By Conor Lambe, Chief Economist at Danske Bank
As the economic recovery from the impacts of the coronavirus pandemic in the UK continues, a parallel theme has emerged alongside the rise in activity – higher prices.
Over the last number of weeks we’ve heard more about, for example, the rising cost of energy, fuel, housing and building materials.
Looking at the latest data, we have seen higher rates of price rises for consumers, producers and in the housing market.
During the first quarter of this year, consumer price inflation was below 1%, but in the second quarter CPI inflation averaged around 2%, and while the headline rate declined from 2.5% in June to 2.0% in July, it is expected to rise again over the coming months.
In the August 2021 Monetary Policy Report, the Bank of England’s Monetary Policy Committee projected that inflation would rise to around 4% in the final quarter of this year. This would represent the highest inflation rate since the final quarter of 2011, if it materialises.
There are a number of factors that can help to explain this higher inflation.
One is increased fuel prices. In July, the annual inflation rates for petrol and diesel were 19.1% and 16.0% respectively. Linked to this, oil prices were over 70% higher than they were in July 2020 when the pandemic had led to lower levels of global economic activity.
Another is disruption to global supply chains having impacts on the supply and price of certain goods. The August 2021 CBI Industrial Trends Survey revealed that stock adequacy in the UK manufacturing sector fell to its weakest ever reading and the CBI Distributive Trades Survey also showed firms facing challenges in relation to stock levels in the retail and distribution sector. The disruption to supply chains is directly pushing up prices in some instances as demand exceeds supply, but it is also indirectly affecting prices. For example, the global shortage of semiconductors has adversely impacted new car production, which may have supported a rise in demand for used cars and contributed to the 14.4% price rise for them observed in July.
The reopening of the consumer-focused parts of the economy has also likely played a role as demand and prices in some consumer goods and services sectors have increased. For example, household furniture prices were up by 6.9% over the year to July and the prices of hotels and accommodation services were 6.7% higher as people took ‘staycations’.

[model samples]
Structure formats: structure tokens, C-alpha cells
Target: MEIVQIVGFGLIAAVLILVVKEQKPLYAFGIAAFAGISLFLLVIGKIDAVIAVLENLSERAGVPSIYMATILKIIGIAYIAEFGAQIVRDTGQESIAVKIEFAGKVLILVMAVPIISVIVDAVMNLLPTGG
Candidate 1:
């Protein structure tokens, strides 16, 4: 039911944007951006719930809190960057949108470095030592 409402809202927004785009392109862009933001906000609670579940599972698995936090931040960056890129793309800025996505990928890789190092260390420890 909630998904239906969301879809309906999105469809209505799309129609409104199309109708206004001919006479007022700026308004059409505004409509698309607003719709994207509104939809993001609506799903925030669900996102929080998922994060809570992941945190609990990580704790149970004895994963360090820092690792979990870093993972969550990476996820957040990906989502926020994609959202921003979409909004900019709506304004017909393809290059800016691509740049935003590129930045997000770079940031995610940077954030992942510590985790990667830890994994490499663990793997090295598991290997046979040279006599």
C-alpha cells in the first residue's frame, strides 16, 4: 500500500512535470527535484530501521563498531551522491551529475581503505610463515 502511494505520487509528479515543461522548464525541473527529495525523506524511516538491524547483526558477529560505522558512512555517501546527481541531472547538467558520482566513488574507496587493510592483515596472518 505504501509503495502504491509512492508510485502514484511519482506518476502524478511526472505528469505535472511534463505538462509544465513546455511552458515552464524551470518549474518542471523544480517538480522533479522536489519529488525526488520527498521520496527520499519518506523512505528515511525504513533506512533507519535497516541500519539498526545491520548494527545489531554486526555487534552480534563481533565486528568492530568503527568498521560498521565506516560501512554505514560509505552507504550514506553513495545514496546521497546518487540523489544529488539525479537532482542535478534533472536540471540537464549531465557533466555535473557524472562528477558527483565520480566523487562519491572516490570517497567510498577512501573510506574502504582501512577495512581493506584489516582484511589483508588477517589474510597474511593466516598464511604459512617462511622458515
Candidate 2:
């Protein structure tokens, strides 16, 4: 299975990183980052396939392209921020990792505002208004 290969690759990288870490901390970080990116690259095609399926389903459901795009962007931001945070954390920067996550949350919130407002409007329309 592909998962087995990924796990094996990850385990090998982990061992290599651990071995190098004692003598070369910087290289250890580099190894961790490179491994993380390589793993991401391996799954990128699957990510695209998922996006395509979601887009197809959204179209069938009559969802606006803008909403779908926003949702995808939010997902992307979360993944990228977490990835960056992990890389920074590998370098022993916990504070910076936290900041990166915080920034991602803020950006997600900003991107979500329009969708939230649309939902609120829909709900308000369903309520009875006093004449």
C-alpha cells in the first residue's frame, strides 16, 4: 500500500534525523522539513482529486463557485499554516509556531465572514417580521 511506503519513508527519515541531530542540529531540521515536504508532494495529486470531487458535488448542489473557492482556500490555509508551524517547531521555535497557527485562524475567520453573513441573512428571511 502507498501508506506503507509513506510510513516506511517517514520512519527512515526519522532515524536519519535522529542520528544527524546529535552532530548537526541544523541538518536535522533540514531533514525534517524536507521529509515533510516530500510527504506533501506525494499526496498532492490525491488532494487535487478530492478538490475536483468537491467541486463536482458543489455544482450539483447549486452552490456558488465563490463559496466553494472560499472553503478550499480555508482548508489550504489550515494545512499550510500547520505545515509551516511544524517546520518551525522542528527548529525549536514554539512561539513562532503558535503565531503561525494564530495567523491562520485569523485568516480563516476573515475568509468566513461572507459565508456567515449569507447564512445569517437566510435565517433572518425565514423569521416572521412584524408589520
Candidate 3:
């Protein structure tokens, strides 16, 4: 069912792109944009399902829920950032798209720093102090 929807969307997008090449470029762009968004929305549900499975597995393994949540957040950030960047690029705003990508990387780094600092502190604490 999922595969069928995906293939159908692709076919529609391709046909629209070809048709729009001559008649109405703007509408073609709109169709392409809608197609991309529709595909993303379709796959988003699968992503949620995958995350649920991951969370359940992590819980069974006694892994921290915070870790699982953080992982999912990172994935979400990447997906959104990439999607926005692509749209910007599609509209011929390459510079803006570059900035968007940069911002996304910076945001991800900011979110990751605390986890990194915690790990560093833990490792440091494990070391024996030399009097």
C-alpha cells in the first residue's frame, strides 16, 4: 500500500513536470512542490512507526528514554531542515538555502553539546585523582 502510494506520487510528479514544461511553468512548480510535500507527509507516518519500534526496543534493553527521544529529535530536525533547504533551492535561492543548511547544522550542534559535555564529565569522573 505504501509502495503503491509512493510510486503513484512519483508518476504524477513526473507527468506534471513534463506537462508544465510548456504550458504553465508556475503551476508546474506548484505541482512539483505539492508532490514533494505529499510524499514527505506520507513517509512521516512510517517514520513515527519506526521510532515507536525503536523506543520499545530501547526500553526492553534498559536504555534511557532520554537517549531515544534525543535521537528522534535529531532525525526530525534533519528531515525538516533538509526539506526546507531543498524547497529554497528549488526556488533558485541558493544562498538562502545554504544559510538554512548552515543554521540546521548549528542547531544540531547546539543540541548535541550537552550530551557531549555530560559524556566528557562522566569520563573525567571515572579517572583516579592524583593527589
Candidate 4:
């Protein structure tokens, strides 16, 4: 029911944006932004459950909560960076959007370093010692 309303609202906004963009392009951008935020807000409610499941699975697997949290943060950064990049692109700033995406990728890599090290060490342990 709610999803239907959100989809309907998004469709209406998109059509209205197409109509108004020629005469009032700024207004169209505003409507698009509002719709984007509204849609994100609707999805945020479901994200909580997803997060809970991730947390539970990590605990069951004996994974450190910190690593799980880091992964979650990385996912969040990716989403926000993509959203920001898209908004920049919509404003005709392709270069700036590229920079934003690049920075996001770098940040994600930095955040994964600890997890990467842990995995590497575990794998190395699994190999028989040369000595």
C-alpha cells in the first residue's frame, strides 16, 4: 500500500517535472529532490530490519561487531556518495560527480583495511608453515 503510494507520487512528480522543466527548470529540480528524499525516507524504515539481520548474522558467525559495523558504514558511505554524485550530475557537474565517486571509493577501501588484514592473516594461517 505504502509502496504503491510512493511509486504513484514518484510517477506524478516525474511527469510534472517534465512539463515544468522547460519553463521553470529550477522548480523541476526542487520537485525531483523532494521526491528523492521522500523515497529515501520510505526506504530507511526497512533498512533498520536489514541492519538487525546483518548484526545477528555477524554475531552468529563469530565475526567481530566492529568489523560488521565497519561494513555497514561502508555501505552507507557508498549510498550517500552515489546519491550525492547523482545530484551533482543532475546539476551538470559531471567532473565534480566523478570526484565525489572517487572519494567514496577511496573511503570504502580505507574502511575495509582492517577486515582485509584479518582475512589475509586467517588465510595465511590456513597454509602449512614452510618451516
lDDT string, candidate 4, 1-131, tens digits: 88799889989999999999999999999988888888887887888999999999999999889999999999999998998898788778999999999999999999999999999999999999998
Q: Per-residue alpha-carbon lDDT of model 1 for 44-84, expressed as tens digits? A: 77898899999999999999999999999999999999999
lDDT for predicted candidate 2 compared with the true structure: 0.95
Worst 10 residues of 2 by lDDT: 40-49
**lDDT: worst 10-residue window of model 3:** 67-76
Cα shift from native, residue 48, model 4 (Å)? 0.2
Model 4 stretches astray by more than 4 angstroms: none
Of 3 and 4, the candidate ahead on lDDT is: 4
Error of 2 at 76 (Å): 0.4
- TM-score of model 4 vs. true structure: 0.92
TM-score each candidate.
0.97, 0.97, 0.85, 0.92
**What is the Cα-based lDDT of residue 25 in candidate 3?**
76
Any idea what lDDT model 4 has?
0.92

These factors are also likely to contribute to higher rates of inflation over the coming months.
The latest producer price inflation data also shows price pressures further up the supply chain. Since April, the annual rate of input price inflation experienced by UK manufacturers has exceeded 9%. The last time it was at similar levels to this was in the early part of 2017. Output price inflation for UK producers selling domestically increased to 4.9% in July – the highest it has been since December 2011.
These higher rates of producer price increases also support the view that consumer price inflation is likely to rise over the coming months as some of these costs may be passed down the supply chain.
Another area were we have seen increases in prices has been in the housing market. House prices in the second quarter of 2021 were 10.9% higher across the UK than in the second quarter of last year. In Northern Ireland, they were 9.0% higher.
A number of different demand factors have contributed to this rise in house prices including savings built up by some households being used to help buy a property; people re-evaluating their housing needs and looking for bigger properties with, for example, more outdoor space; continued low interest rates and the Stamp Duty holiday. On the supply side, constraints in the supply of housing have also continued to exert upward pressure on prices.
The price rises being observed across the economy have recently seen inflation come back into focus. As the economy hopefully continues its recovery over the coming months and into next year, what happens to prices will be an important factor to monitor for both businesses and policymakers.